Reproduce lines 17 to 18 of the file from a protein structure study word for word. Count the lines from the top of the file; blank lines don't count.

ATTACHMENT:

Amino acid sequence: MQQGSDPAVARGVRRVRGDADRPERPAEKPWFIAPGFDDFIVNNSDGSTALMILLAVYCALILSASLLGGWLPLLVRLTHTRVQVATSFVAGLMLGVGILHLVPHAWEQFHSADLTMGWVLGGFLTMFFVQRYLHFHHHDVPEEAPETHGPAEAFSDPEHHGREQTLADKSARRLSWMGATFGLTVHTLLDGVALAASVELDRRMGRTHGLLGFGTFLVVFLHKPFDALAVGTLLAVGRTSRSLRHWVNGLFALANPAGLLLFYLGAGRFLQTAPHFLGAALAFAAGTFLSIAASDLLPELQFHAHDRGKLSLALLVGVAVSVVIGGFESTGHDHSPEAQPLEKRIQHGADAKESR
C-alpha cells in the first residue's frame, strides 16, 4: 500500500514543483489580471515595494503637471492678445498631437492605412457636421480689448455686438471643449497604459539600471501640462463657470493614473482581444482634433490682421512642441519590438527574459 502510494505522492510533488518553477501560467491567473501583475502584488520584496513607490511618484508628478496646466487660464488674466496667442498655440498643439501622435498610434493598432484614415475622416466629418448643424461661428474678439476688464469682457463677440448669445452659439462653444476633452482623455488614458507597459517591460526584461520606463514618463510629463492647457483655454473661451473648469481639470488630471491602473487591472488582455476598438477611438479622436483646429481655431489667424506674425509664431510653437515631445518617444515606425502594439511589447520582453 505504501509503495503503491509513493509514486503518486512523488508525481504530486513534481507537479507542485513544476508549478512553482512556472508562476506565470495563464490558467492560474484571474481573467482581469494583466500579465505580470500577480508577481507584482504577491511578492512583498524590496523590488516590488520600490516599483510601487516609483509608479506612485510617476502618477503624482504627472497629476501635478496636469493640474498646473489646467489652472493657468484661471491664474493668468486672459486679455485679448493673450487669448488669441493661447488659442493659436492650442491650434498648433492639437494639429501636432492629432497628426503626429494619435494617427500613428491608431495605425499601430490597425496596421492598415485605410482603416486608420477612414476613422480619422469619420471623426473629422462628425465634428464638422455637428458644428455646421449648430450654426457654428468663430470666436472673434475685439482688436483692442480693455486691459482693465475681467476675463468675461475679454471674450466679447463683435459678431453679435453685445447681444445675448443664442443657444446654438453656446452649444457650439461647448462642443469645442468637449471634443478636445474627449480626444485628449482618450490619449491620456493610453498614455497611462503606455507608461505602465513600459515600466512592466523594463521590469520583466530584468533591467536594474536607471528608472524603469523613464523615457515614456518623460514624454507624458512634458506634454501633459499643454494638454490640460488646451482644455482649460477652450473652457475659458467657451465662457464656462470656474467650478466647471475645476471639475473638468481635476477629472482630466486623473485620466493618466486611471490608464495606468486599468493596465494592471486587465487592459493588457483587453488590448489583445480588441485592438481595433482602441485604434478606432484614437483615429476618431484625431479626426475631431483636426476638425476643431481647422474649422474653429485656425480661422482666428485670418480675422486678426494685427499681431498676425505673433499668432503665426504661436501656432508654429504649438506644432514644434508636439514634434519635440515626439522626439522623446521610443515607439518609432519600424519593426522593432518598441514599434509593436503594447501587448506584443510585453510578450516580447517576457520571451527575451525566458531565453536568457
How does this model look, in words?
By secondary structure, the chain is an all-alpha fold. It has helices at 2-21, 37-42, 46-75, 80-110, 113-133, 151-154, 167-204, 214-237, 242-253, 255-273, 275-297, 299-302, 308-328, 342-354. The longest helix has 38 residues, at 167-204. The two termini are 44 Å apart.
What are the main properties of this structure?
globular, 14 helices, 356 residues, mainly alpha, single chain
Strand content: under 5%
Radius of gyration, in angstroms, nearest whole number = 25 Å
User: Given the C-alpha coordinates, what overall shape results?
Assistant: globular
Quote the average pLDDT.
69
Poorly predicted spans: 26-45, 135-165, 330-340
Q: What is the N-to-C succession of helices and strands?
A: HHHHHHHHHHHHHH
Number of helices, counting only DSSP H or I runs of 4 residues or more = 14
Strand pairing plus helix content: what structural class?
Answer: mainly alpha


Strand pairing plus helix content: what structural class?
Answer: mainly alpha